Troy acts on police resignations
TROY - During an early morning special meeting Monday, Troy Borough Council acted on the recent resignations in the Troy Police Department.
Prior to the action, council discussed the resignations in executive session for about 45 minutes at the Allen F. Pierce Free Library, where the meeting began at 7:30 a.m.
The approximately 10 people who attended the meeting had to go outside while council met behind closed doors. Also in attendance were Troy Police Sgt. Jarvis Burlingame and an on-call part-time member of the police department, Mike Northup, in addition to members of the media.
At around 8:15 a.m., council came out of the executive session and the meeting was opened to the public again.
Last week, Troy Police Chief Kyle Wisel said he and the full-time senior patrolman, Floyd McDonald, submitted their letters of resignation to Mayor Powers on Wednesday. In addition, part-time officer James Altieri resigned on Thursday, according to Wisel.
Council president Jason Hodlofski asked for a motion to accept the resignations and to authorize borough manager Dan Close "to proceed through the civil service process to fill those vacancies thereby created."
Council member Bob Ives made the motion and council member Veronica Seymour seconded it. It was approved unanimously. All council members attended, except for councilman Jim Warn. Mayor Mike Powers also attended.
As was previously reported, McDonald, who is the third in command of the department, cited a rift between the police and the council, in explaining his resignation.
"The rift had been growing (over time) and it came to (a) head when they froze (the budget for the) part-time officers," which prevented them from working for the department, McDonald said. "Basically it was left to three guys - Kyle, myself and Sgt. Burlingame - to keep up (the department). And it's not working, and it's not fair to the community."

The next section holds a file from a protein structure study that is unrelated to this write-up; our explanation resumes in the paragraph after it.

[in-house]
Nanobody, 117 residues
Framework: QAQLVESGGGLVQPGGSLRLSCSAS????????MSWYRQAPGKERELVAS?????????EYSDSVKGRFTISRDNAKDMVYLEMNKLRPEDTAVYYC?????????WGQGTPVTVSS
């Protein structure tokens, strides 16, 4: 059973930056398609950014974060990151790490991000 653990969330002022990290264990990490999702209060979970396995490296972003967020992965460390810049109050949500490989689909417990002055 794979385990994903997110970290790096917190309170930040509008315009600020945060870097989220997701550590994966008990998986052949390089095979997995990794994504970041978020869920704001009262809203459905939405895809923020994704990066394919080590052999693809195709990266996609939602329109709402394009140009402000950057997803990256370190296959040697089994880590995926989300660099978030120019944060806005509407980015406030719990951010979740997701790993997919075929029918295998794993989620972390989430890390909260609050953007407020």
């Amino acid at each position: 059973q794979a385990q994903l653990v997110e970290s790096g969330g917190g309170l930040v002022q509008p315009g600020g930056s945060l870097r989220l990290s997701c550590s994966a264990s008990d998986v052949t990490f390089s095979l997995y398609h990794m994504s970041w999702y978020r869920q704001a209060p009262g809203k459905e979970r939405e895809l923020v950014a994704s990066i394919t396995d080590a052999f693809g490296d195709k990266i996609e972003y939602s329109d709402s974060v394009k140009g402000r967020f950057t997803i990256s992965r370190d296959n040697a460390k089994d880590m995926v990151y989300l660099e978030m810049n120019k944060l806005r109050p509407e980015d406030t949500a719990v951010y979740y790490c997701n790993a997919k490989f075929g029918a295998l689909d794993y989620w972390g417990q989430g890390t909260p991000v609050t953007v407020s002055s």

Close, however, said that from the community's point of view, "there has not been any big issues" that have occurred due to the freeze on the line item for the part-time officers."
After the vote, council opened the floor for discussion and allowed resident Jack Hulslander to speak.
He addressed the borough's manager salary.
"I believe earlier this year I said something about the manager, if he didn't make the money he does, there would have been money for the police and maintenance," he said.
He thought the police positions had "poor pay," but said the borough manager by comparison had "extreme pay."
"We're not getting our money's worth, people," he said.
Hulslander thought council was unfairly blaming the mayor for the issues with the police department.
"It's not on his back, and yes, like I said before â¦ you blamed him for all the problems in the news," he said.
"And it was clearly on your back or who you designated to take care of it. Now, think about that for a while."
At the last council meeting, Hulslander had spoken over his allotted three minutes, and was threatened with the possibility of being escorted out of the meeting by police.
Last month, Ives, who had been presiding over the meeting in the place of Hodlofski - who was absent at the time - had told McDonald, "you're going to have to escort him (Hulslander) out of here if he doesn't want to abide by the rules."
On Monday, Hulslander referenced the incident by asking if his three minutes was up. Ives responded that Hulslander was "close."
Hulslander told council that someone told him he was being referred to as "the three-minute troublemaker."
"And I said, 'thank you, all I did was bring up things that should have been brought up at council.'"
No other residents spoke to council.
Earlier, Close said he has directed Powers to formally request that the state police "include us in their routine patrols, because we are down to one full-time officer."
Eric Hrin can be reached at (570) 297-5251; email: firstname.lastname@example.org.